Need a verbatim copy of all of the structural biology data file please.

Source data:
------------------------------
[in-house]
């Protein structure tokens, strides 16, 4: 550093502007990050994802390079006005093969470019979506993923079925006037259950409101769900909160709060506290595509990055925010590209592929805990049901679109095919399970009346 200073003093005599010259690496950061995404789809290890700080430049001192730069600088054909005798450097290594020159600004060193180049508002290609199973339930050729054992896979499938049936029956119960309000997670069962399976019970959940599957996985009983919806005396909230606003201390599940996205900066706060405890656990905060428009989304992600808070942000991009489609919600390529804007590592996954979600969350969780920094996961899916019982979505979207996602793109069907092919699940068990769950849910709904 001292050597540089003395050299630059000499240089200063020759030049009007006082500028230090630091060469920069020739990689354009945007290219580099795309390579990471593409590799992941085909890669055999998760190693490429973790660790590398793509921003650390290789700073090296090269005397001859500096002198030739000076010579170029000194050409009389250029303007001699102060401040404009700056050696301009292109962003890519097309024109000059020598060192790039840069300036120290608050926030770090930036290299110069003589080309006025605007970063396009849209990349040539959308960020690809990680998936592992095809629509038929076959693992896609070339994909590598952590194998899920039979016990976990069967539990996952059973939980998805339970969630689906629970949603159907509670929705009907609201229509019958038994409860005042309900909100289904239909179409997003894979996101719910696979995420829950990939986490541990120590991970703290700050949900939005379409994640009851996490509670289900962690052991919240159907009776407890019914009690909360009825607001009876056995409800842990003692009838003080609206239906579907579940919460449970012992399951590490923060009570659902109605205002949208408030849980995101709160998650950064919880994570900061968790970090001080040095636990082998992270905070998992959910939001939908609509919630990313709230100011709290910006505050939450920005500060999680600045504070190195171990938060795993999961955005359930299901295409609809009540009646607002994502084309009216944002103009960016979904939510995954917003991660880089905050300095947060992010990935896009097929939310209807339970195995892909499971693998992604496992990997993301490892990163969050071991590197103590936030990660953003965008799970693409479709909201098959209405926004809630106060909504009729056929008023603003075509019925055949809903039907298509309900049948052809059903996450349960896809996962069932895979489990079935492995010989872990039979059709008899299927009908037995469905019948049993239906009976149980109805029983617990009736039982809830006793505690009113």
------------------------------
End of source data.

[in-house]
């Protein structure tokens, strides 16, 4: 550093502007990050994802390079006005093969470019979506993923079925006037259950409101769900909160709060506290595509990055925010590209592929805990049901679109095919399970009346 200073003093005599010259690496950061995404789809290890700080430049001192730069600088054909005798450097290594020159600004060193180049508002290609199973339930050729054992896979499938049936029956119960309000997670069962399976019970959940599957996985009983919806005396909230606003201390599940996205900066706060405890656990905060428009989304992600808070942000991009489609919600390529804007590592996954979600969350969780920094996961899916019982979505979207996602793109069907092919699940068990769950849910709904 001292050597540089003395050299630059000499240089200063020759030049009007006082500028230090630091060469920069020739990689354009945007290219580099795309390579990471593409590799992941085909890669055999998760190693490429973790660790590398793509921003650390290789700073090296090269005397001859500096002198030739000076010579170029000194050409009389250029303007001699102060401040404009700056050696301009292109962003890519097309024109000059020598060192790039840069300036120290608050926030770090930036290299110069003589080309006025605007970063396009849209990349040539959308960020690809990680998936592992095809629509038929076959693992896609070339994909590598952590194998899920039979016990976990069967539990996952059973939980998805339970969630689906629970949603159907509670929705009907609201229509019958038994409860005042309900909100289904239909179409997003894979996101719910696979995420829950990939986490541990120590991970703290700050949900939005379409994640009851996490509670289900962690052991919240159907009776407890019914009690909360009825607001009876056995409800842990003692009838003080609206239906579907579940919460449970012992399951590490923060009570659902109605205002949208408030849980995101709160998650950064919880994570900061968790970090001080040095636990082998992270905070998992959910939001939908609509919630990313709230100011709290910006505050939450920005500060999680600045504070190195171990938060795993999961955005359930299901295409609809009540009646607002994502084309009216944002103009960016979904939510995954917003991660880089905050300095947060992010990935896009097929939310209807339970195995892909499971693998992604496992990997993301490892990163969050071991590197103590936030990660953003965008799970693409479709909201098959209405926004809630106060909504009729056929008023603003075509019925055949809903039907298509309900049948052809059903996450349960896809996962069932895979489990079935492995010989872990039979059709008899299927009908037995469905019948049993239906009976149980109805029983617990009736039982809830006793505690009113």